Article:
- Geek-girl Tara Flynn, only fourteen, but able to hack into almost any computer system on the internet using her tablet computer;
- Free-runner Gecko, who risks his life for the thrill of running across London's rooftops; and
- Natalie Livingstone, the slim, tanned, glamorous Californian daughter of Callum's guardian, Professor Gillian Livingstone.

Together with "Rhino" Gillis, an ex-soldier (there are strong hints in the text that he is ex-SAS), they plan an expedition to the ex-Soviet state of Georgia to find out if the semi-mythical Almasti are just a story or a tribe of Neanderthal-like people living there undiscovered. But it's not long before they realise that sinister forces are out to stop them - and that their lives are all in danger!

I hugely enjoyed Andrew Lane's Death Cloud (the first of his Young Sherlock series). This book is equally-well written, starting fairly gently, but building up to a racing climax that leaves you feeling there's more to come. The story is rounded off, but there are elements of the plot that are left unresolved: it won't be long before another Callum Challenger book hits the shelves.
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1 of 1 people found the following review helpful By Mr. D. L. Rees TOP 500 REVIEWERVINE VOICE on 4 Mar. 2013
Format: Paperback Vine Customer Review of Free Product ( What's this? )
Settle down here for a most enjoyable, exciting read - at its centre a motley crew of unlikely teenagers. Sixteen year old ultra-rich orphan Calum, his legs paralysed, swings by straps from the ceiling round his large London apartment. The place is his nerve centre, dominated by screens and state of the art gadgetry. He aims to track down species hitherto unknown or long thought extinct - their DNA perhaps with clues how to improve health and combat disability. Can a Yeti (or whatever) truly have been sighted in Georgia? From his home he will mastermind an expedition - his representatives on it freerunner Gecko, computer hacker Tara, self-obsessed Natalie (she destined for overdue attitude-changing shocks).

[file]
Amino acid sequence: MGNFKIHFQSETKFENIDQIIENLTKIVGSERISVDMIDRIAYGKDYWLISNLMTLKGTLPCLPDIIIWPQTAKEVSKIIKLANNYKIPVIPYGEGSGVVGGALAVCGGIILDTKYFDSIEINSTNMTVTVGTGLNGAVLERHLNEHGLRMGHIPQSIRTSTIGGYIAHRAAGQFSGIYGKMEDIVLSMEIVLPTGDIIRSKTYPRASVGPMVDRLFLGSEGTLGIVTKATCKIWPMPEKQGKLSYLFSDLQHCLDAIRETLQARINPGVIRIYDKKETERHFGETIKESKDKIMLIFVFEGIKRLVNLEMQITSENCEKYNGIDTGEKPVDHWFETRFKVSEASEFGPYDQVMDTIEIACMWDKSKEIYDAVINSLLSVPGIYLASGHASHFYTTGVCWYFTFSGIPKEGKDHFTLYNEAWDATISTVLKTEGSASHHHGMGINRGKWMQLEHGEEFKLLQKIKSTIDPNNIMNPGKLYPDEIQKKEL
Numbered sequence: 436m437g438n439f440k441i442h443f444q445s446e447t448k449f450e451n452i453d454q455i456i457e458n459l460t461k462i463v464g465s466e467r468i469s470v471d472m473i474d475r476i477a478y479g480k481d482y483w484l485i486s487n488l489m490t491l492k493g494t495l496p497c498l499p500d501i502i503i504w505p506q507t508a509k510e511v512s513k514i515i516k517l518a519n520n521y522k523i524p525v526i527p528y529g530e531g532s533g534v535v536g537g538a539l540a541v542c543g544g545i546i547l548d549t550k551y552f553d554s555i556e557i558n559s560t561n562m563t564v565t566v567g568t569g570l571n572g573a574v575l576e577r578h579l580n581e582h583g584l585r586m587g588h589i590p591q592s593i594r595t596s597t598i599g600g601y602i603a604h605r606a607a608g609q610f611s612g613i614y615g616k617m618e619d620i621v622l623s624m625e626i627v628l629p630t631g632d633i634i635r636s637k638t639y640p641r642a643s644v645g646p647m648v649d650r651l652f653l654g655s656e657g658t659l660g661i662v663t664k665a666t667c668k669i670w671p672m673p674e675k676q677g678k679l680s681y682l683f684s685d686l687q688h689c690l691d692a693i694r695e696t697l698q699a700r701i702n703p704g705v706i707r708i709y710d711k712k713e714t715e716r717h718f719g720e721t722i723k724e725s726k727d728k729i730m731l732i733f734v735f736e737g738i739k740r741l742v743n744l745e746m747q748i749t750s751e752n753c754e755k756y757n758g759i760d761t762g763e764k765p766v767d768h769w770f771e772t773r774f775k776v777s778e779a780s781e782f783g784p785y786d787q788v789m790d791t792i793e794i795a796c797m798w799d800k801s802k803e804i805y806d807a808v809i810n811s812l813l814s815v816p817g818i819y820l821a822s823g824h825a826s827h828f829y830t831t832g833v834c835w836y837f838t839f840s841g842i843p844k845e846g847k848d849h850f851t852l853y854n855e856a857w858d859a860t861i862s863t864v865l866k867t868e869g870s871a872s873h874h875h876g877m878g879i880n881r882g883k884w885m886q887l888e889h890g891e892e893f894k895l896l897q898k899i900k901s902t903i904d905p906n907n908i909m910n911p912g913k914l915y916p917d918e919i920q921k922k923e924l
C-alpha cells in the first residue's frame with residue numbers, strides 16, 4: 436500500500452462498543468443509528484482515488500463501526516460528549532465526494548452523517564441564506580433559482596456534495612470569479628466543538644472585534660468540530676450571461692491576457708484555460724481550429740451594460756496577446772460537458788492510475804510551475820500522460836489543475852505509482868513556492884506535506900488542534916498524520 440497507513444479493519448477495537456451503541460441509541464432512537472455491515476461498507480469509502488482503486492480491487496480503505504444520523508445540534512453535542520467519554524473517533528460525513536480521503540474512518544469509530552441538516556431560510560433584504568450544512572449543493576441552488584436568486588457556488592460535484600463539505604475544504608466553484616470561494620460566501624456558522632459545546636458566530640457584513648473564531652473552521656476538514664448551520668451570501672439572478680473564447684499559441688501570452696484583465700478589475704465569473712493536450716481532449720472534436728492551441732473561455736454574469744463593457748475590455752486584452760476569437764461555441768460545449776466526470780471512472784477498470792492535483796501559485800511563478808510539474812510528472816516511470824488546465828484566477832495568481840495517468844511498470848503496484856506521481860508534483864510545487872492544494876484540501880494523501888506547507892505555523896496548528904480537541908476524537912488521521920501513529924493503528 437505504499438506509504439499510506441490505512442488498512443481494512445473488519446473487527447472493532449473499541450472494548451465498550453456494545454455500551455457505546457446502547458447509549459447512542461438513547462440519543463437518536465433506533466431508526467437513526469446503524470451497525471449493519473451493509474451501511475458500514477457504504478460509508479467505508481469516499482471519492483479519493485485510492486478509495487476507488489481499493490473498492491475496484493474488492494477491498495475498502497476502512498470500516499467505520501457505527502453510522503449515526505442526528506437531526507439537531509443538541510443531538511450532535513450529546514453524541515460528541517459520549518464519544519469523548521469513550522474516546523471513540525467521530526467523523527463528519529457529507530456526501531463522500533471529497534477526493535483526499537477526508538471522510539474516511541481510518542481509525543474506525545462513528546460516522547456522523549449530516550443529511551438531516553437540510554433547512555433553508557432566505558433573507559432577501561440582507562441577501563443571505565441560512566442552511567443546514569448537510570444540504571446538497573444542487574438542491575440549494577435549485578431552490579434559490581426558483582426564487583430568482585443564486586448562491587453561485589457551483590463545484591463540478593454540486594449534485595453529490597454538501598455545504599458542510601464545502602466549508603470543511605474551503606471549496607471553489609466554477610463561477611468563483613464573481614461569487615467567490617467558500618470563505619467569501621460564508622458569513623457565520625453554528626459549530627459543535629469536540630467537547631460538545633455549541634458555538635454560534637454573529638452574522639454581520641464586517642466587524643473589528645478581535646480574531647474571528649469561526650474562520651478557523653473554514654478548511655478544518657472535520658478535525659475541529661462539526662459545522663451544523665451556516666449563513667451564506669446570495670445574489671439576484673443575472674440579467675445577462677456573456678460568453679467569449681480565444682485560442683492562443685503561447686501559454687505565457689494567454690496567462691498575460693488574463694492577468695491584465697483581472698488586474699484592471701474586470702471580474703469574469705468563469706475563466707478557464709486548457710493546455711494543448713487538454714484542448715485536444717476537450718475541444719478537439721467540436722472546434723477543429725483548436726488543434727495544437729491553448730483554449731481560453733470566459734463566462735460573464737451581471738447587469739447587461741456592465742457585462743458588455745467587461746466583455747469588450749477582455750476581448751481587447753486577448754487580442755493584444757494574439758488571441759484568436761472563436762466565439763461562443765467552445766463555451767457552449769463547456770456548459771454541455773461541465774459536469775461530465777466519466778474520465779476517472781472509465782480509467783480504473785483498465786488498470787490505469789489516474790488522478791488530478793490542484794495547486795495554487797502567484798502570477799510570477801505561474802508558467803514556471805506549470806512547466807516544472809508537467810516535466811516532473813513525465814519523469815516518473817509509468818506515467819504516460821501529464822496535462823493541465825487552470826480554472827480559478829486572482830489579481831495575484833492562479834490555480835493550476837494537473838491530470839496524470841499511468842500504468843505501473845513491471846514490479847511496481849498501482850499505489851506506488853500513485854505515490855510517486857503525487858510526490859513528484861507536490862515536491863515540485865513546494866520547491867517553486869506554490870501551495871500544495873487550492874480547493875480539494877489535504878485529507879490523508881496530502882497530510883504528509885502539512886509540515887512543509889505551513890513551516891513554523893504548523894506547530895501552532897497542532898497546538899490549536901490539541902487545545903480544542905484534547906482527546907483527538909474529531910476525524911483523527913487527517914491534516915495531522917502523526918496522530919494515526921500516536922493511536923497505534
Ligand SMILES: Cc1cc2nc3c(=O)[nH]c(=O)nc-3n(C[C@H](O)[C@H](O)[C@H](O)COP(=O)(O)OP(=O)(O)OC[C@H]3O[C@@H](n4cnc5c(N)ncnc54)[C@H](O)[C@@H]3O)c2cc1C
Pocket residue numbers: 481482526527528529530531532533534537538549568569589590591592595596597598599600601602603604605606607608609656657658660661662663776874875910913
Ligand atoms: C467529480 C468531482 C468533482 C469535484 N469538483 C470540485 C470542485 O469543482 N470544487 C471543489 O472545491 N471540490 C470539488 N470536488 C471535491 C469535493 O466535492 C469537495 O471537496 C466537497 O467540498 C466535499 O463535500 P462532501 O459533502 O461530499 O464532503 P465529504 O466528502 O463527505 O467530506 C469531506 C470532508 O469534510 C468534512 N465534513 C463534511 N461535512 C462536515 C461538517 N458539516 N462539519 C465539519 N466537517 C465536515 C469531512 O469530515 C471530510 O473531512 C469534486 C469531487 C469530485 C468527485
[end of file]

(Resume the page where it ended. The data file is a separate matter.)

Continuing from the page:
Far-fetched? Of course it is, but entertainingly so - the telling so inventive and sure that the reader is simply swept along. Added to the mix are dastardly villains keen to maim or to kill, resourceful guide "Rhino" Gillis, awesome robot Arlene - and, not least, a sinister all-powerful corporation full of dirty tricks.

I was won over instantly Calum turned out to be the great grandson of Professor George Challenger, he of Arthur Conan Doyle's "The Lost World" - my copy decades ago read so often it fell to pieces and had to be replaced. (No screen adaptation has been a patch on that novel.) A character called Roxton features here and in that book - a coincidence or with a significance to be revealed in a sequel? (Be assured that, although this is the first of a series, the adventure is self-contained - albeit ending more hurriedly than some would wish.)

Calum greatly intrigues as, indeed, do his friends. There is scope here in plenty for many more adventures - good news indeed for what will assuredly become a growing legion of fans.

Recommended.
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1 of 1 people found the following review helpful By Samuel TOP 1000 REVIEWERVINE VOICE on 24 May 2013
Format: Paperback Vine Customer Review of Free Product ( What's this? )
Despite being in my early forties, I'm a fan of the young Sherlock Holmes series for which Andrew Lane is best known. I wasn't sure what to expect when I picked this up. Set in the modern day, it's about a 16 year-old boy who is paralysed from the waist down, and lives in a hi-tech apartment where he plots expeditions to locate animals thought to be extinct. So far so good.

Without giving any of the plot away, there's simply a lot of scene-setting that is no doubt providing the groundwork for what comes later in the series (there are more books planned). If one ignores the fact that the entire premise is somewhat ludicrous, generally not a lot seems to happen. Maybe I'm just too old for this sort of book, but it just doesn't have the excitement that Lane's Young Sherlock books have. There are a few promising elements, however - the characters are ones that you can care about, and there's a great Conan Doyle link that fans will spot. If this is simply a prelude to what comes next, then that's fine - but if the next book isn't better, then my journey through the Lost Worlds will come to a premature end.